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I live in Hawaii and my grandfather in Czechia had died. I would like to come to the funeral. I can manage to get the plane tickets, but 1) I'll be away for at least 5 days, and 2) I will be coming back home after a year, so I would like to spend there at least 2 weeks, visiting my family and friends.

Do I have any rights to go on holidays because of close relative's funeral in US? How should I negotiate it with my employer?

  • (This is not really my situation, it was a situation of someone I know some time ago.) – yo' Mar 13 '14 at 16:22
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    I cant vote anymore but this is a nice question. +1 – Piotr Kula Mar 13 '14 at 16:44
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    Even though I answered it it may be better suited for workplace.SE. – Karlson Mar 13 '14 at 17:01
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    @StrongBad Usually the other way around. In small companies there is very little or no overhead to cover for work needing to be done. – Karlson Mar 13 '14 at 17:19
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    This question appears to be off-topic because it may be better suited for workplace.SE. – Karlson Mar 13 '14 at 17:20
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As far as I know there is no guideline that requires an employer to provide you bereavement leave either paid or unpaid. In the US Government provides 3 days leave for death of a relative as results of wounds but private employers are not required to abide by this but generally have some sort of policy for such situation, so I would get with the Human Resources Department of the company you work for to work out the details.

Generally speaking such provisions are "Not a Federal Matter", and if you don't trust that site there is a blog by a Cynthia Hsu on Findlaw dealing exactly with that matter.

So if you choose to stay 2 weeks in the Czech Republic for and after the funeral you should make arrangements with your employer to allow this to happen.

P.S. Since it's not a Federal Matter it may be a state matter but since state of Hawaii doesn't have provisions for employers to provide for bereavement leave it becomes a private matter between you and your employer.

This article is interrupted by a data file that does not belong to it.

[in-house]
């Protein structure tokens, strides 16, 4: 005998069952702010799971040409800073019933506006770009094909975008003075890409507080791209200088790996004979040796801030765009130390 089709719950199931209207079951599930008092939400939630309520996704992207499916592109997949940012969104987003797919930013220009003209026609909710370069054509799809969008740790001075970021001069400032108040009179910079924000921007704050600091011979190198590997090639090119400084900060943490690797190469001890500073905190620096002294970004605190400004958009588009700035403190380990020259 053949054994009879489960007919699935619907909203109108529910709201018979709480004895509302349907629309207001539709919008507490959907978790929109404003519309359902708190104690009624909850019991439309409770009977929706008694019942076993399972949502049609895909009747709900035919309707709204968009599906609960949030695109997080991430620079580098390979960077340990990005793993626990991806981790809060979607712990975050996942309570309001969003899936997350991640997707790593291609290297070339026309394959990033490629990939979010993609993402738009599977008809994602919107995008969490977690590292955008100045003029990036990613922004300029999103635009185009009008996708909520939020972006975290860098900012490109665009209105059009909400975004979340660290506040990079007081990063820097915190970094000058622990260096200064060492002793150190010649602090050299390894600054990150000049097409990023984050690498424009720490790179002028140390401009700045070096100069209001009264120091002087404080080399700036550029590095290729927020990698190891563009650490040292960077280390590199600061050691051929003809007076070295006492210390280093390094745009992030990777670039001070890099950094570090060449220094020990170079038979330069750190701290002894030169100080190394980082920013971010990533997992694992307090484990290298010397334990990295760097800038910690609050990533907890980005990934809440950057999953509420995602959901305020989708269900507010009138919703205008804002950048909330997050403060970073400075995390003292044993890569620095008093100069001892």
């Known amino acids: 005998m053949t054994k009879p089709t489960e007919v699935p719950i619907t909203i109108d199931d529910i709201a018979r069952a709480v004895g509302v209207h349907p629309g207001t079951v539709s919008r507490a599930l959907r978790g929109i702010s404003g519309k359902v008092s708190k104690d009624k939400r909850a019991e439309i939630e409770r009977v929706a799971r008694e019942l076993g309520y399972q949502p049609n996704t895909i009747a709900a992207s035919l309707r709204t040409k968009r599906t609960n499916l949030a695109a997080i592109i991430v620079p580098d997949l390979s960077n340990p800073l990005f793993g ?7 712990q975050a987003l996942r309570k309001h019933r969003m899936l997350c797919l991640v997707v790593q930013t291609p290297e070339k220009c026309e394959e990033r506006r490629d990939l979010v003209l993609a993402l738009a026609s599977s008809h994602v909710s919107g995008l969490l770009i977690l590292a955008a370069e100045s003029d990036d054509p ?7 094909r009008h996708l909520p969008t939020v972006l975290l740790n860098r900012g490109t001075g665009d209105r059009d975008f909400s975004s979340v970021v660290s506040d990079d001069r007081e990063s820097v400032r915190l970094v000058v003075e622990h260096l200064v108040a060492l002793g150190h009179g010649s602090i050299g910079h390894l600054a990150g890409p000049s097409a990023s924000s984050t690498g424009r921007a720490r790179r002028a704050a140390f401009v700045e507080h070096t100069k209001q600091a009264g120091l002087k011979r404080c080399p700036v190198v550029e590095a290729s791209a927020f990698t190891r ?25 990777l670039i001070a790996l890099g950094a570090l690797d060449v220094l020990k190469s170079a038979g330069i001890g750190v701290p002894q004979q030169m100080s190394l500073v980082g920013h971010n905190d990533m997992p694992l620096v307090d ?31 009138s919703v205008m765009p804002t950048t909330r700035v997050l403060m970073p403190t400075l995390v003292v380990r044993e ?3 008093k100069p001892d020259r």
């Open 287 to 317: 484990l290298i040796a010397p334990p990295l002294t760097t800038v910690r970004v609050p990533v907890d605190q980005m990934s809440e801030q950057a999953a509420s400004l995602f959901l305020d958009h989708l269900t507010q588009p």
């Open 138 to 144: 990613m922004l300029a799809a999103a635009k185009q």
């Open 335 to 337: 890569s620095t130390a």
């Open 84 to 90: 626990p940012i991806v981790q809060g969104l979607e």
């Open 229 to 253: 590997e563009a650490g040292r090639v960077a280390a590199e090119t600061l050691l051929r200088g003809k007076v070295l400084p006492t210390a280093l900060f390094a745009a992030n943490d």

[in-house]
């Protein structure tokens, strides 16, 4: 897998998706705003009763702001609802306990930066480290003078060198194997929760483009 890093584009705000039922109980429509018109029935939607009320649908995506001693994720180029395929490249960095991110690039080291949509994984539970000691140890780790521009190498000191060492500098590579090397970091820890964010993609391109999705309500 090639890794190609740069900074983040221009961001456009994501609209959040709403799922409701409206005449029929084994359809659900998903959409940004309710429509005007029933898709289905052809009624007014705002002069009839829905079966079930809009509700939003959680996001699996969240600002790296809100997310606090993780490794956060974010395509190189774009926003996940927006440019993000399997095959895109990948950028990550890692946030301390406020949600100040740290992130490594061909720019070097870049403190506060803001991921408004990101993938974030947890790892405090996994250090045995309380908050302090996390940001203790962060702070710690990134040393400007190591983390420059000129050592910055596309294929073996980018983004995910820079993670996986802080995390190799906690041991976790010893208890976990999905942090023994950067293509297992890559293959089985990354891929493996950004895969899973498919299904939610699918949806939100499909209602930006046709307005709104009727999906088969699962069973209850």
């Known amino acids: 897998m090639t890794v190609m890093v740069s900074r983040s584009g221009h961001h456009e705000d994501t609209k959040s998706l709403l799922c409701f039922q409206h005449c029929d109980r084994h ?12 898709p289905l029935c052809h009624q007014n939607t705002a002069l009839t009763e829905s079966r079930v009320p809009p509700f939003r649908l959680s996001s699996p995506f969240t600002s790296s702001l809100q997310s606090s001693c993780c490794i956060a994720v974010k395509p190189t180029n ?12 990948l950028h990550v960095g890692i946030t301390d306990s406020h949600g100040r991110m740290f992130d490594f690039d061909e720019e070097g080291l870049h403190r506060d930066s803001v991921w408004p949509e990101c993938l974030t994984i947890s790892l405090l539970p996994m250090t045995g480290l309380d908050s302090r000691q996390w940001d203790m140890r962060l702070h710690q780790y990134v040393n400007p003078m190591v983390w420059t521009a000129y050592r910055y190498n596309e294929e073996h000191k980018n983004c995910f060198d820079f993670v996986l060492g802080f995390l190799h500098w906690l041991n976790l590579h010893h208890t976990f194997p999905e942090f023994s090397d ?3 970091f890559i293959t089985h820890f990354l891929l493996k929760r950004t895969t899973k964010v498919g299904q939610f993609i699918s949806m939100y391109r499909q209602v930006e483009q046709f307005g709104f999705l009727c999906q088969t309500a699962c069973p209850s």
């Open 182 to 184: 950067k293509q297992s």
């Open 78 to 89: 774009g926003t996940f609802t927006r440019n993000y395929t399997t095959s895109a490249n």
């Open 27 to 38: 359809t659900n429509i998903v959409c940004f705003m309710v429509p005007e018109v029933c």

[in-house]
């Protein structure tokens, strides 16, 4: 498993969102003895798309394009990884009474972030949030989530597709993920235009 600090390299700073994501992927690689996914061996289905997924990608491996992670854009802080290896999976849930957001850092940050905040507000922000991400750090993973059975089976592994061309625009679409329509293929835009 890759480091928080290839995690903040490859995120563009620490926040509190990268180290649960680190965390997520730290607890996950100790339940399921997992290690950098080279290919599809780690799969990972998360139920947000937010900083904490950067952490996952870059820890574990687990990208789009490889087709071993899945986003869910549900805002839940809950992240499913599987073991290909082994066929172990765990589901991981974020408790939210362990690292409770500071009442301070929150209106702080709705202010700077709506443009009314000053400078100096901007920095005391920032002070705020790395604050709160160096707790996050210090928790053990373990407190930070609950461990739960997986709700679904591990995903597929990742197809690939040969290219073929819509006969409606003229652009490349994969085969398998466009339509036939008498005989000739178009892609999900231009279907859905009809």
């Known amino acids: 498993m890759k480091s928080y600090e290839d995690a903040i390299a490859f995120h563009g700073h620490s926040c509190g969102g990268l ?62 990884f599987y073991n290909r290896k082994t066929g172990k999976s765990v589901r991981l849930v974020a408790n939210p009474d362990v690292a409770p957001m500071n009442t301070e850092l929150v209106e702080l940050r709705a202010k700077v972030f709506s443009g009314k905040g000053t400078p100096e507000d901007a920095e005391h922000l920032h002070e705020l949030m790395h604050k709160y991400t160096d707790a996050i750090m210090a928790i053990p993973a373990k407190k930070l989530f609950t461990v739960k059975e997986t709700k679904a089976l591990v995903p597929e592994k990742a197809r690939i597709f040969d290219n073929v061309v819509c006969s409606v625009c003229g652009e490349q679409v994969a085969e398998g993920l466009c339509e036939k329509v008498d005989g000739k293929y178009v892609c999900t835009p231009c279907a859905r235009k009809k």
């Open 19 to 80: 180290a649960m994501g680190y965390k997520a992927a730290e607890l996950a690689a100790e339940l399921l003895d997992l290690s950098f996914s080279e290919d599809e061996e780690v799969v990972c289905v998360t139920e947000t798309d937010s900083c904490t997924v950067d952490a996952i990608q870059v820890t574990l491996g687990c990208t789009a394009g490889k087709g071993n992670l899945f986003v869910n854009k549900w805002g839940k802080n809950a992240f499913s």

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The Family and Medical Leave Act (FMLA) is the closest we have to a legal requirement in the US for this, but it doesn't actually offer bereavement leave. There is a bit of a loophole, however, that you can use, with proper notice to your employer, "to address your own serious health condition (e.g. depression)". See here:

A death in the family is not automatic grounds for FMLA coverage. An employee must notify his or her employer that they need leave for an FMLA-covered condition. An employee's request for bereavement leave to make funeral arrangements and wrap up the affairs of his deceased brother failed to put the employer on notice that the employee was requesting FMLA leave. To be covered by the FMLA, the employee needed to tie his request for bereavement leave to address his own serious health condition (e.g., depression), or the needs of a spouse, parent, son, or daughter.

I would be very careful trying to use the FMLA for the death of a grandfather who lives in another continent, however. I expect it would be pretty easy to see through the request for time off to deal with "depression" of a relative whom you likely have not seen (as you said) for years.

So your best bet is simply going to be to talk to your employer, explain the situation, and ask for some time off.

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